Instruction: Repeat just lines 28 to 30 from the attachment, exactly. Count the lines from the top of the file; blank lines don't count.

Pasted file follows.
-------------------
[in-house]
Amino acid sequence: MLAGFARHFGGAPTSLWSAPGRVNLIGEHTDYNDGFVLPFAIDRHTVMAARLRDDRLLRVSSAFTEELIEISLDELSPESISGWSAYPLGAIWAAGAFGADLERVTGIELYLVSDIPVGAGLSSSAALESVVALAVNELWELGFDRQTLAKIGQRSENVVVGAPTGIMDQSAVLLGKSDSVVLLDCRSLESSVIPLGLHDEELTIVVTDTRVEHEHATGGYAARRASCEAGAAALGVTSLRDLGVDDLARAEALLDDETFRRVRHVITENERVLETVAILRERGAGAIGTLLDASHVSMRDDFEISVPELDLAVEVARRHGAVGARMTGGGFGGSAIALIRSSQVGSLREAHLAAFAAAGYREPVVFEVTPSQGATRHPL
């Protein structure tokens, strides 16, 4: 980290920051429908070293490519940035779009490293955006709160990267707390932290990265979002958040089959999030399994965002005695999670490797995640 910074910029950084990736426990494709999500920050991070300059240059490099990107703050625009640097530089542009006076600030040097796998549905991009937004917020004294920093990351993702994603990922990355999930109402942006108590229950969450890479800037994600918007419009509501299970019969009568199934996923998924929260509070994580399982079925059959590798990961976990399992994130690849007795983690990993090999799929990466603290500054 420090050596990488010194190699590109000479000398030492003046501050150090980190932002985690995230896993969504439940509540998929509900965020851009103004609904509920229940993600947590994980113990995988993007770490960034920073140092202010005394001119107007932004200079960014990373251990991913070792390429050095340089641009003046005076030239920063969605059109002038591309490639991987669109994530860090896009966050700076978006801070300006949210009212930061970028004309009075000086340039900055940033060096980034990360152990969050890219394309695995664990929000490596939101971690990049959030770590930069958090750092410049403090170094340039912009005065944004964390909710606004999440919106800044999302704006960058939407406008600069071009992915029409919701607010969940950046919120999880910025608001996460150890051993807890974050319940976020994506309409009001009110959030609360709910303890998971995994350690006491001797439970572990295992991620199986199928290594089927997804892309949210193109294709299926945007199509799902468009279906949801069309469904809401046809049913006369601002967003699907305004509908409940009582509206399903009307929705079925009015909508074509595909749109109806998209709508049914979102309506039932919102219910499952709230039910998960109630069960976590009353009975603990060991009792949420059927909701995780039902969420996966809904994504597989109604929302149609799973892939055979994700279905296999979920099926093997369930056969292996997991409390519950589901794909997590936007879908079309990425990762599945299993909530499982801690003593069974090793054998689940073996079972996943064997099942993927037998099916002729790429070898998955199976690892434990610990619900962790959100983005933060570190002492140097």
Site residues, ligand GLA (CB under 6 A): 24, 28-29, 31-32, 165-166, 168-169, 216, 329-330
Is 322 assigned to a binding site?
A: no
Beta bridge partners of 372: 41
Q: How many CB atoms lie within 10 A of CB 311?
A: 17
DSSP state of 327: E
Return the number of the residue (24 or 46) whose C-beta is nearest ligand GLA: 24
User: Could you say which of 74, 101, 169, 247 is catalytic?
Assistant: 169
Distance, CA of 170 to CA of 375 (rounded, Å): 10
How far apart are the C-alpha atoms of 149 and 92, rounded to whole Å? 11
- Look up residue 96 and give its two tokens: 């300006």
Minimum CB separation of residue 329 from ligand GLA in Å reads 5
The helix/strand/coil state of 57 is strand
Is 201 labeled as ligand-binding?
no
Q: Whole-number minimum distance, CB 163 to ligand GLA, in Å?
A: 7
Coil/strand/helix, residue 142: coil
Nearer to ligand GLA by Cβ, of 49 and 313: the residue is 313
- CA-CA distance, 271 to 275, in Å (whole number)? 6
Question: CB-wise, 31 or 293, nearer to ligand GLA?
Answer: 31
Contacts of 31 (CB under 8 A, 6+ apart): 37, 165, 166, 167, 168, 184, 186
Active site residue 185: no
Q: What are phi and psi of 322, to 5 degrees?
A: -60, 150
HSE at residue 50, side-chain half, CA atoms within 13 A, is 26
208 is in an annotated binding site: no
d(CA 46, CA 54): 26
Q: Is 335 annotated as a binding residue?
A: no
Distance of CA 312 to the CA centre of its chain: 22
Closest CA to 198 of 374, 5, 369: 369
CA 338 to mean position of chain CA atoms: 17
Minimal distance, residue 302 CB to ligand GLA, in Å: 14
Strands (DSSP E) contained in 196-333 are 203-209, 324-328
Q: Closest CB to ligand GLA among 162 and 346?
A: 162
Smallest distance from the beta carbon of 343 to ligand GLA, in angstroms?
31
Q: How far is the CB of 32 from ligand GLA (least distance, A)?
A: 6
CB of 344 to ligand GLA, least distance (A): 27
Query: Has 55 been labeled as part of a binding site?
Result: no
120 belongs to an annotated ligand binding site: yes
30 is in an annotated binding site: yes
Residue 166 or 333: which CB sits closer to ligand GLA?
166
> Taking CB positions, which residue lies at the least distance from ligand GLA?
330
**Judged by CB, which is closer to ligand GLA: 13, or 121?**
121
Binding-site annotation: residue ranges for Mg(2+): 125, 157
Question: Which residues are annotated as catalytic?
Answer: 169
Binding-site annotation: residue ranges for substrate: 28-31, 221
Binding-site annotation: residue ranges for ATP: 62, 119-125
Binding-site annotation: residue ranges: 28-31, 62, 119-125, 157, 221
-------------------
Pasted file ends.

Contacts of 31 (CB under 8 A, 6+ apart): 37, 165, 166, 167, 168, 184, 186
Active site residue 185: no
Q: What are phi and psi of 322, to 5 degrees?